(score 0.4) (final rank 15 of 15)
It don’t look like ginger beer, it don’t taste like ginger beer, in fact it’s a malt drink that just happened to have the ginger flavor. In the interest of science we ended up tasting the Vita Malt and mixing it into a D ‘n S which was a mistake. Molasses is a decent enough flavor, but I just don’t ever want to see it anywhere near dark rum and a lime.
(score 9) (final rank 1 of 15)
In Australia, where Bunderberg is made, the company makes a pre-mixed Dark ‘n Stormy stubby so we were pretty sure these guys knew how to craft a fine ginger beer. Our judging panel found very few faults with the Bunderberg, declaring it a “great dance partner”. One judge went so far as to exclaim “I would drink the shit out of that!”. It has a clear yellow look and sits very light inside your mouth. Lacking the spicy kick found in some of the other gingers it’s very refreshing and sweet – making you want to go back for another sip before you’ve finished the last one. Whether it’s a hot summer day on the porch, or the snow is blanketing your driveway, Bunderberg makes one hell of a D’ n S and is the gold standard for ginger beers.
(score 5.29) (final rank 10 of 15)
Bite baby bite, that burning sensation in the back of your throat is just the way Stewart’s says hello. As an 8 on the spicy scale you’ll progressively take fewer sips of this ginger beer as you’ll be forced to wait for your mouth to cool off. The excessive spice also found it’s way into a few of our judge’s noses due to a high level of carbonation. It’s deep golden brown color obscured all storm cloud visibility during the mixing of a D ‘n S. Once mixed, the rum and lime flavors are almost completely drowned out leaving a less than refreshing D ‘n S. Stewart’s ginger beer scored just above the Mendoza line meaning it’s an acceptable mixer for a D n S, but you won’t see me rushing out to pick up a case.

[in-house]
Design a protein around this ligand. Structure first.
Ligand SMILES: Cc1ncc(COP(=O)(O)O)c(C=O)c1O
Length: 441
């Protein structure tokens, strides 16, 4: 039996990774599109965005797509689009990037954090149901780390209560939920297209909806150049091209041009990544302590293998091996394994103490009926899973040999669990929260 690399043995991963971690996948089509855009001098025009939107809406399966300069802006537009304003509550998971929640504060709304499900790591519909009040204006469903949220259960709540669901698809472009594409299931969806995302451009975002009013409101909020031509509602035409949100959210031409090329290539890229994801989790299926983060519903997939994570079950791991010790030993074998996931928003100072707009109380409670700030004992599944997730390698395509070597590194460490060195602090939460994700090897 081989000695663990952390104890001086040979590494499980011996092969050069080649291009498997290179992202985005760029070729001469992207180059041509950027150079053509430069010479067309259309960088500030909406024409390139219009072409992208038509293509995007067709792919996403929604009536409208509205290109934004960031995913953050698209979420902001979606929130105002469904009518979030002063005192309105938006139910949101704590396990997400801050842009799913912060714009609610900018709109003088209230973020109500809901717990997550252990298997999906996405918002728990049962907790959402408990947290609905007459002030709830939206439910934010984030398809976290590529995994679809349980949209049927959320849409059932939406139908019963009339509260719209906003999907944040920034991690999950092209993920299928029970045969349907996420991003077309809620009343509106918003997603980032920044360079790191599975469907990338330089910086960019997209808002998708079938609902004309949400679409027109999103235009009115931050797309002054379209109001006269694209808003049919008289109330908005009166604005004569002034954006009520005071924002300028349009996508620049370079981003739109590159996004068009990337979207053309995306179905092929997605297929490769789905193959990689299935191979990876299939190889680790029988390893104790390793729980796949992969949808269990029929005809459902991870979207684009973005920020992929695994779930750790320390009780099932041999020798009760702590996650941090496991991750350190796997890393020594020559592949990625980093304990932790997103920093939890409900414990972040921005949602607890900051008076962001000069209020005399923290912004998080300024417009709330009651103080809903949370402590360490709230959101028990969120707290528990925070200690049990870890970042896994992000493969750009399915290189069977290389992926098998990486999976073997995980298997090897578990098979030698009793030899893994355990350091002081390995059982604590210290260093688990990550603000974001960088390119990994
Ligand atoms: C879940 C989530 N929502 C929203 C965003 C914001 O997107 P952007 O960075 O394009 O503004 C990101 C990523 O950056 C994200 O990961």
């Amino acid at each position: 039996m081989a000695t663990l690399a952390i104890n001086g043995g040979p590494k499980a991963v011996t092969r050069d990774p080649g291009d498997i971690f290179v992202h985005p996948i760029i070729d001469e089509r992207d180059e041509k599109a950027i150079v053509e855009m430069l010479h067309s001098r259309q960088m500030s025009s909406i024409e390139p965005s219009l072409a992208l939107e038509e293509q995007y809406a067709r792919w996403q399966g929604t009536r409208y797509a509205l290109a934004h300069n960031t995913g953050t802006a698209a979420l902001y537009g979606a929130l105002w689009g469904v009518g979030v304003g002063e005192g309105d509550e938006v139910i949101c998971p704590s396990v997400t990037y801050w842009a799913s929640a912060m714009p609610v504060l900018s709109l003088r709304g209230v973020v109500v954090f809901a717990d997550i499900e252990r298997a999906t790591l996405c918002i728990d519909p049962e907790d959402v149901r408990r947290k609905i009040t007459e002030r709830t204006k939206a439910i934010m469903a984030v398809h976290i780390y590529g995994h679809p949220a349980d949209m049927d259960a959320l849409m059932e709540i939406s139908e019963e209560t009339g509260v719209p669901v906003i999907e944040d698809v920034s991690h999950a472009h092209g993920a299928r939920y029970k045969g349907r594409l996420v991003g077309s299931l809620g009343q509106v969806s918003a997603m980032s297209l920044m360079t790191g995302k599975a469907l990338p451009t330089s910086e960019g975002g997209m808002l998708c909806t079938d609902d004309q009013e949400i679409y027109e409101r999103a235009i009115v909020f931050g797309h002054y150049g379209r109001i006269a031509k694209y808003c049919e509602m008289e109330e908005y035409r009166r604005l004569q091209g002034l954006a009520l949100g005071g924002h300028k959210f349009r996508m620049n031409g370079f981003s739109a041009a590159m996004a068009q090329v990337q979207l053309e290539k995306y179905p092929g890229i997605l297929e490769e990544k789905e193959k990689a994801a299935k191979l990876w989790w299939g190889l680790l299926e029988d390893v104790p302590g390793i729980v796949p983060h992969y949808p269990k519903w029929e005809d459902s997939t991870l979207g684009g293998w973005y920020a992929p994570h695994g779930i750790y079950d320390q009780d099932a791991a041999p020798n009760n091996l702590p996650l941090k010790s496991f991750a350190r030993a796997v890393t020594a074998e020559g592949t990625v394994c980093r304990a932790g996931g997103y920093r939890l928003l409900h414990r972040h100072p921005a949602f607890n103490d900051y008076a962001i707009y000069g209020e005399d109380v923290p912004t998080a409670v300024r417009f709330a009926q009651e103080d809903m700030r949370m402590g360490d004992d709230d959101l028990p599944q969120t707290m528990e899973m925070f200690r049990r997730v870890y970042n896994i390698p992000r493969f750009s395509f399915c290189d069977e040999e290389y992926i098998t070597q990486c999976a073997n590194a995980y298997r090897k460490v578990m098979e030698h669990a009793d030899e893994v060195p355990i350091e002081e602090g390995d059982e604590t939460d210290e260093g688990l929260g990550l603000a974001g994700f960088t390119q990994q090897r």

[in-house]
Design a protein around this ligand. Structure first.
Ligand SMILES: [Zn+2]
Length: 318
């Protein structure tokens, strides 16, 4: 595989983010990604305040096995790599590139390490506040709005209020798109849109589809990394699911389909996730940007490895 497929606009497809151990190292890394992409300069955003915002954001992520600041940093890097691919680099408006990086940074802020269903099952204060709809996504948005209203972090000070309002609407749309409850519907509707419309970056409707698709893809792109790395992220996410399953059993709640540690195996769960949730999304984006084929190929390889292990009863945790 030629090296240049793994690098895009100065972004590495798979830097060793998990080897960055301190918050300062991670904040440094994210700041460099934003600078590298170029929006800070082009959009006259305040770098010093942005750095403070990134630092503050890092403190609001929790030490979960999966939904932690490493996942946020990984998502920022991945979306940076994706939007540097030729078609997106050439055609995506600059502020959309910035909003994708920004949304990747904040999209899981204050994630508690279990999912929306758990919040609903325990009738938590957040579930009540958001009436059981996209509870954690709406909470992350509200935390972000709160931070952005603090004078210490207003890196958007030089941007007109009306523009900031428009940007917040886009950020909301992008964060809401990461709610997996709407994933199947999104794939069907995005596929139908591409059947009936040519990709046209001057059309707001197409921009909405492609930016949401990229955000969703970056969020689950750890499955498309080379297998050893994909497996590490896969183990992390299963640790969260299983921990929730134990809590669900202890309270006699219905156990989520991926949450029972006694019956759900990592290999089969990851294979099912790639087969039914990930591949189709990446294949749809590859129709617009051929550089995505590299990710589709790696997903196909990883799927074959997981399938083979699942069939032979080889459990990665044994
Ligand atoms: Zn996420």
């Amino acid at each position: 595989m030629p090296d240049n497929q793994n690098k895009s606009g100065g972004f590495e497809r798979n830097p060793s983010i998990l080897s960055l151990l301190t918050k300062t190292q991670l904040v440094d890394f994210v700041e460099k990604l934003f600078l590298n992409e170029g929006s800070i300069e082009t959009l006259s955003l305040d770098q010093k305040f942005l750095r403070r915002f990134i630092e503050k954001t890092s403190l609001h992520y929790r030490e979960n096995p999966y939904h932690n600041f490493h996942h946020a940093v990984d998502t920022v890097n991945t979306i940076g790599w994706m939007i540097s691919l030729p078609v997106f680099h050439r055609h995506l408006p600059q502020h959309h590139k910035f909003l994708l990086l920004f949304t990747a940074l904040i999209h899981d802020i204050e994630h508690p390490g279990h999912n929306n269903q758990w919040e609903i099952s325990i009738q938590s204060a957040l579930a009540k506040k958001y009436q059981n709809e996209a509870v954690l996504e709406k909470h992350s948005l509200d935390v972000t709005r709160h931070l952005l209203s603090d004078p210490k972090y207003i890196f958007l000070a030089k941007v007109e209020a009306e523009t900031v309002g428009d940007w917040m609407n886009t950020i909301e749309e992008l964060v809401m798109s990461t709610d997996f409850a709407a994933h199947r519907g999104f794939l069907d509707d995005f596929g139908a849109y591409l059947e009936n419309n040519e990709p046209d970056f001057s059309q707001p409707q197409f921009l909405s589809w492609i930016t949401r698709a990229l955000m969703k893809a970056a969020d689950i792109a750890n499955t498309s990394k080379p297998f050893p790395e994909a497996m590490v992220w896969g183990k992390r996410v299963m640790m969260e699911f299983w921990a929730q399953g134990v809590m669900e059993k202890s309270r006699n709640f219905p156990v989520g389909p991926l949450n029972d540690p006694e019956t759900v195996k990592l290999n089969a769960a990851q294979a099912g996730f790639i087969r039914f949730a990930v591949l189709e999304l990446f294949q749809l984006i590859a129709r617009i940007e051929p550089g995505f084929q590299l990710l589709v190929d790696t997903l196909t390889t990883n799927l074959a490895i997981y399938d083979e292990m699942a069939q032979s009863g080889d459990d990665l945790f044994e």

The Ginger Peoples
(score 2.33) (final rank 12 of 15)
“Gently tip to and fro and enjoy” is a tag line on the bottle of the Ginger Peoples and it had our judges feeling whimsical and ready to pop open this drink. You can tell the makers are serious about ginger, after all they named their entire company after it. At first pour you’ll notice a cloudy almost grapefruit looking appearance, as well as the strong scent of ginger. Unfortunately after the pour everything went downhill. Being called the “Mountain Dew of ginger beers” or noticing a “hint of a metallic” flavor were not meant as compliments by our judges. High expectations can sometimes be blamed for low scores but that is not the case here, this ginger beer just flat out sucks.
A few images from the tasting
Seven ginger beers down, eight to go. Coming up in part II: Can anyone top Bunderberg’s high score of 9?; how Ike Turner and ginger beer are related; and instructions for a hot summer days.
This post appears in: Ginger Beer
Tags: Buderim Ginger, Bunderberg, Cock ‘n Bull, Dark and Stormy, Ginger Beer, Maine Root, South Lake Tahoe, Stewart’s, The Ginger Peoples, Vita Malt